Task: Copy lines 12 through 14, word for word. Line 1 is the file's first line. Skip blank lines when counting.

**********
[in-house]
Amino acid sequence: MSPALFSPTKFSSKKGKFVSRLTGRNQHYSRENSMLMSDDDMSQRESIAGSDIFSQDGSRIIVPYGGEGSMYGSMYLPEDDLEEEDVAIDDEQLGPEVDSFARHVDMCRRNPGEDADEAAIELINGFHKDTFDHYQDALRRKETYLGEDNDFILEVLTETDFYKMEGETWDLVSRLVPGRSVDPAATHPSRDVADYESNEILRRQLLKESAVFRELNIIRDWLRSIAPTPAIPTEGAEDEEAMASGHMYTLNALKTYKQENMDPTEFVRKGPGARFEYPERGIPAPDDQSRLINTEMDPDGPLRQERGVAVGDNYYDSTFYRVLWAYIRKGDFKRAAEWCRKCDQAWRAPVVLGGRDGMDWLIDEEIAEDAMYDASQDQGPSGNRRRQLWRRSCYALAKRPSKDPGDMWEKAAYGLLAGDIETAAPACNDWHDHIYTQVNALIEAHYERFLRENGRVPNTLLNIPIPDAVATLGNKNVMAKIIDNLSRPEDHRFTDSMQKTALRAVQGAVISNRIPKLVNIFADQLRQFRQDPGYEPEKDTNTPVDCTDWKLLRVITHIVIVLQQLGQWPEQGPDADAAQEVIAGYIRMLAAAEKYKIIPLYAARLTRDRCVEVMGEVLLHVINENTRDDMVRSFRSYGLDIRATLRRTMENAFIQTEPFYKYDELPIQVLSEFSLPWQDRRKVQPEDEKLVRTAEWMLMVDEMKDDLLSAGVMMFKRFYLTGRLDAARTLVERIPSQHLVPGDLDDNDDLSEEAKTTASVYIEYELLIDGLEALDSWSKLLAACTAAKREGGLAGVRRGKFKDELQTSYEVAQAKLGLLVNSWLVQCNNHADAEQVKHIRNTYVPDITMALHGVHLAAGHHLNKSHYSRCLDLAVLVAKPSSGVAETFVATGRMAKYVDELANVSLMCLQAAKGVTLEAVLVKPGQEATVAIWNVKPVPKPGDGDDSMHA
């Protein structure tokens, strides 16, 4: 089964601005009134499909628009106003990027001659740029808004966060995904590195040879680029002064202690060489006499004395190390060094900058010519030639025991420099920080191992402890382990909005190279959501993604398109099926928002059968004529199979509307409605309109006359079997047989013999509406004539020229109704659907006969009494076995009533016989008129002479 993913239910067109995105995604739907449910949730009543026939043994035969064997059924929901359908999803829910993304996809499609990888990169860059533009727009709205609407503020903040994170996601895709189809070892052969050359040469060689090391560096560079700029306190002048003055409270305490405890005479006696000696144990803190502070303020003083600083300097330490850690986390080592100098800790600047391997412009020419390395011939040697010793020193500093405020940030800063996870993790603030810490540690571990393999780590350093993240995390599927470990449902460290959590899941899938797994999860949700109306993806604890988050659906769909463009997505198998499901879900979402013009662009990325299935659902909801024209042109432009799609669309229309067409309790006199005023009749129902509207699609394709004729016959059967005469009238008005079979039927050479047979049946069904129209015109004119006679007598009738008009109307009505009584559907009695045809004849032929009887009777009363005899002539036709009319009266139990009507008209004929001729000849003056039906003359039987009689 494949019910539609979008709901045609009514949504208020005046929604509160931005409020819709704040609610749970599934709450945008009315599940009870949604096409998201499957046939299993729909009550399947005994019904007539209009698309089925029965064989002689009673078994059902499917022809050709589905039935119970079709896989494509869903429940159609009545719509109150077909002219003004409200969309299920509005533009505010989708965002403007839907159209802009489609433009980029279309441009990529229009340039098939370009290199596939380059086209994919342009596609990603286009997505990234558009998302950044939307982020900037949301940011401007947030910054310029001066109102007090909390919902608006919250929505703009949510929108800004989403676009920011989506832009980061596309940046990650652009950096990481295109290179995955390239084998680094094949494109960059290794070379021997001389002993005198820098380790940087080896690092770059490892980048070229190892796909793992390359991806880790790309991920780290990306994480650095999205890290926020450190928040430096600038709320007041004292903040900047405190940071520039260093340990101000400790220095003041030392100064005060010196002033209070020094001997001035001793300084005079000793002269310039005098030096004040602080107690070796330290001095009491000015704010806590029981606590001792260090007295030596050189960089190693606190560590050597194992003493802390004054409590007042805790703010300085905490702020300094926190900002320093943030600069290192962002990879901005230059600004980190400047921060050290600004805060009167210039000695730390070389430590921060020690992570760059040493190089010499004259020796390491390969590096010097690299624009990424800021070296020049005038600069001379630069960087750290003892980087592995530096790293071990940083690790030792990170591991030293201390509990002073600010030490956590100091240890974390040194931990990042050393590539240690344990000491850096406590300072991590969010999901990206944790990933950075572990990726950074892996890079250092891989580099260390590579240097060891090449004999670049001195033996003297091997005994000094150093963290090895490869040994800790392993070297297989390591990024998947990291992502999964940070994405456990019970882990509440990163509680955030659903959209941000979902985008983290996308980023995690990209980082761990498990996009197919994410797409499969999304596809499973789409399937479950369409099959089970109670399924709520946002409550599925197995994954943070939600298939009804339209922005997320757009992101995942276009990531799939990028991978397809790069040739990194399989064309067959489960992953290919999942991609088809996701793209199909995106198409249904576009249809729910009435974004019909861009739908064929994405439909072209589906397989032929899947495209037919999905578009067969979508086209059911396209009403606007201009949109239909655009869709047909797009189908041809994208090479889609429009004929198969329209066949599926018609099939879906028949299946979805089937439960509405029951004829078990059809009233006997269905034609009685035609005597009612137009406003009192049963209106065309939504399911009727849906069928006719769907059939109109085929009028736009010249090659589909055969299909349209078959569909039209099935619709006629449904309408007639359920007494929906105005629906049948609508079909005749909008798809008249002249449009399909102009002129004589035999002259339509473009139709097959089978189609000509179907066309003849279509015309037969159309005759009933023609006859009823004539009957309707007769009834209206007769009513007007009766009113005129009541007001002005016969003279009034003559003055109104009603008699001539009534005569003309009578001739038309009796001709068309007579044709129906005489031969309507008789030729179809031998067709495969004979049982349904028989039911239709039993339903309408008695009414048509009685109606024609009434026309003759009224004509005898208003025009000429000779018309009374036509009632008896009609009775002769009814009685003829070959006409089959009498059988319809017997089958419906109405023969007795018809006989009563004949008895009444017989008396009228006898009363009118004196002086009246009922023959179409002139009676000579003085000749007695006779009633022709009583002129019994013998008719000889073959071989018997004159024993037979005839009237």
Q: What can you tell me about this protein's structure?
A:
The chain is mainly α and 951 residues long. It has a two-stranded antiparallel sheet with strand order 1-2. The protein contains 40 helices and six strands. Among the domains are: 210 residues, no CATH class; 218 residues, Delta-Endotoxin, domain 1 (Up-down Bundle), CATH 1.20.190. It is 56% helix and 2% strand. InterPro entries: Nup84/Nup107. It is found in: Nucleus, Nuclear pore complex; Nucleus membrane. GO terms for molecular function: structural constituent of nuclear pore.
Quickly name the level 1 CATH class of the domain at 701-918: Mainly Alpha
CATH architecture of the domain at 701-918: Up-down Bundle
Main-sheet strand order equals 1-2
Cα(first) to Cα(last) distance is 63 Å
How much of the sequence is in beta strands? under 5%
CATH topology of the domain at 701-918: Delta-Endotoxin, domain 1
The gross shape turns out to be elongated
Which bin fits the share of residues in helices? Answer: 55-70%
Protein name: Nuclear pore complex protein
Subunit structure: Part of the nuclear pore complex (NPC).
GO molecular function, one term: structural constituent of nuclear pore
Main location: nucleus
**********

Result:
CATH topology of the domain at 701-918: Delta-Endotoxin, domain 1
The gross shape turns out to be elongated
Which bin fits the share of residues in helices? Answer: 55-70%